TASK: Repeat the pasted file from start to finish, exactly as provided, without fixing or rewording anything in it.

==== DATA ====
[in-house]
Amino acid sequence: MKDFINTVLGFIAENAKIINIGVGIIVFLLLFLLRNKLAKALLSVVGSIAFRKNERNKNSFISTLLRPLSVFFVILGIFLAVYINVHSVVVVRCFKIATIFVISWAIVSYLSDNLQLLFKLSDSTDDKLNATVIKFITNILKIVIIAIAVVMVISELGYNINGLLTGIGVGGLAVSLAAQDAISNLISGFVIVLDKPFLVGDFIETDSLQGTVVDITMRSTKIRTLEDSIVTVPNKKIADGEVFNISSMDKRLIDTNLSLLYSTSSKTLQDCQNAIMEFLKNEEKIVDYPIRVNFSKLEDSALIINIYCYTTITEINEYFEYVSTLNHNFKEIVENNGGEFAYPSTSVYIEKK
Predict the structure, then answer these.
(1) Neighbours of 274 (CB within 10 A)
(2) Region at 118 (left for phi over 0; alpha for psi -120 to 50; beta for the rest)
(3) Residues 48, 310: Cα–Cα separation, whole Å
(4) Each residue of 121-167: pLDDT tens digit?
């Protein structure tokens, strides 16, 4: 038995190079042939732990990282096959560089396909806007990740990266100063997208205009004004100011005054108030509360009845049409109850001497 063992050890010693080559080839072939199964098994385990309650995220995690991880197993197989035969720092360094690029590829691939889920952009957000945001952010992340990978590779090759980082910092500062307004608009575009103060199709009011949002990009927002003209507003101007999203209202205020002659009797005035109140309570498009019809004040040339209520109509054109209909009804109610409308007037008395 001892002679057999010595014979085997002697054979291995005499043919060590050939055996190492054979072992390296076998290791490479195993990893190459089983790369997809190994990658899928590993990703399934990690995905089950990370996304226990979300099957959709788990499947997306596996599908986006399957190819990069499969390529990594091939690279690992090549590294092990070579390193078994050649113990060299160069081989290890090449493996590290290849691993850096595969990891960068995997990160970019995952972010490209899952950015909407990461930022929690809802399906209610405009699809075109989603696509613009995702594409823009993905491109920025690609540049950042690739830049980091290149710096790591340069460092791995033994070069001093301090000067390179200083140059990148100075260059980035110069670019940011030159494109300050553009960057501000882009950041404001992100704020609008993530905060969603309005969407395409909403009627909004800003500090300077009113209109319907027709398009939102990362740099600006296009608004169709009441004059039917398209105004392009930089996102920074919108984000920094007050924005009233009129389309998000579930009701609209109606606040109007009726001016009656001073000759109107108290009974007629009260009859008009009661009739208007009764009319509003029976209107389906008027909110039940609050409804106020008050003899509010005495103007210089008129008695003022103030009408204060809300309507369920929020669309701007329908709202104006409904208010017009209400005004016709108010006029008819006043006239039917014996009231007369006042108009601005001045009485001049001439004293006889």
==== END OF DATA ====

[in-house]
Amino acid sequence: MKDFINTVLGFIAENAKIINIGVGIIVFLLLFLLRNKLAKALLSVVGSIAFRKNERNKNSFISTLLRPLSVFFVILGIFLAVYINVHSVVVVRCFKIATIFVISWAIVSYLSDNLQLLFKLSDSTDDKLNATVIKFITNILKIVIIAIAVVMVISELGYNINGLLTGIGVGGLAVSLAAQDAISNLISGFVIVLDKPFLVGDFIETDSLQGTVVDITMRSTKIRTLEDSIVTVPNKKIADGEVFNISSMDKRLIDTNLSLLYSTSSKTLQDCQNAIMEFLKNEEKIVDYPIRVNFSKLEDSALIINIYCYTTITEINEYFEYVSTLNHNFKEIVENNGGEFAYPSTSVYIEKK
Predict the structure, then answer these.
(1) Neighbours of 274 (CB within 10 A)
(2) Region at 118 (left for phi over 0; alpha for psi -120 to 50; beta for the rest)
(3) Residues 48, 310: Cα–Cα separation, whole Å
(4) Each residue of 121-167: pLDDT tens digit?
């Protein structure tokens, strides 16, 4: 038995190079042939732990990282096959560089396909806007990740990266100063997208205009004004100011005054108030509360009845049409109850001497 063992050890010693080559080839072939199964098994385990309650995220995690991880197993197989035969720092360094690029590829691939889920952009957000945001952010992340990978590779090759980082910092500062307004608009575009103060199709009011949002990009927002003209507003101007999203209202205020002659009797005035109140309570498009019809004040040339209520109509054109209909009804109610409308007037008395 001892002679057999010595014979085997002697054979291995005499043919060590050939055996190492054979072992390296076998290791490479195993990893190459089983790369997809190994990658899928590993990703399934990690995905089950990370996304226990979300099957959709788990499947997306596996599908986006399957190819990069499969390529990594091939690279690992090549590294092990070579390193078994050649113990060299160069081989290890090449493996590290290849691993850096595969990891960068995997990160970019995952972010490209899952950015909407990461930022929690809802399906209610405009699809075109989603696509613009995702594409823009993905491109920025690609540049950042690739830049980091290149710096790591340069460092791995033994070069001093301090000067390179200083140059990148100075260059980035110069670019940011030159494109300050553009960057501000882009950041404001992100704020609008993530905060969603309005969407395409909403009627909004800003500090300077009113209109319907027709398009939102990362740099600006296009608004169709009441004059039917398209105004392009930089996102920074919108984000920094007050924005009233009129389309998000579930009701609209109606606040109007009726001016009656001073000759109107108290009974007629009260009859008009009661009739208007009764009319509003029976209107389906008027909110039940609050409804106020008050003899509010005495103007210089008129008695003022103030009408204060809300309507369920929020669309701007329908709202104006409904208010017009209400005004016709108010006029008819006043006239039917014996009231007369006042108009601005001045009485001049001439004293006889």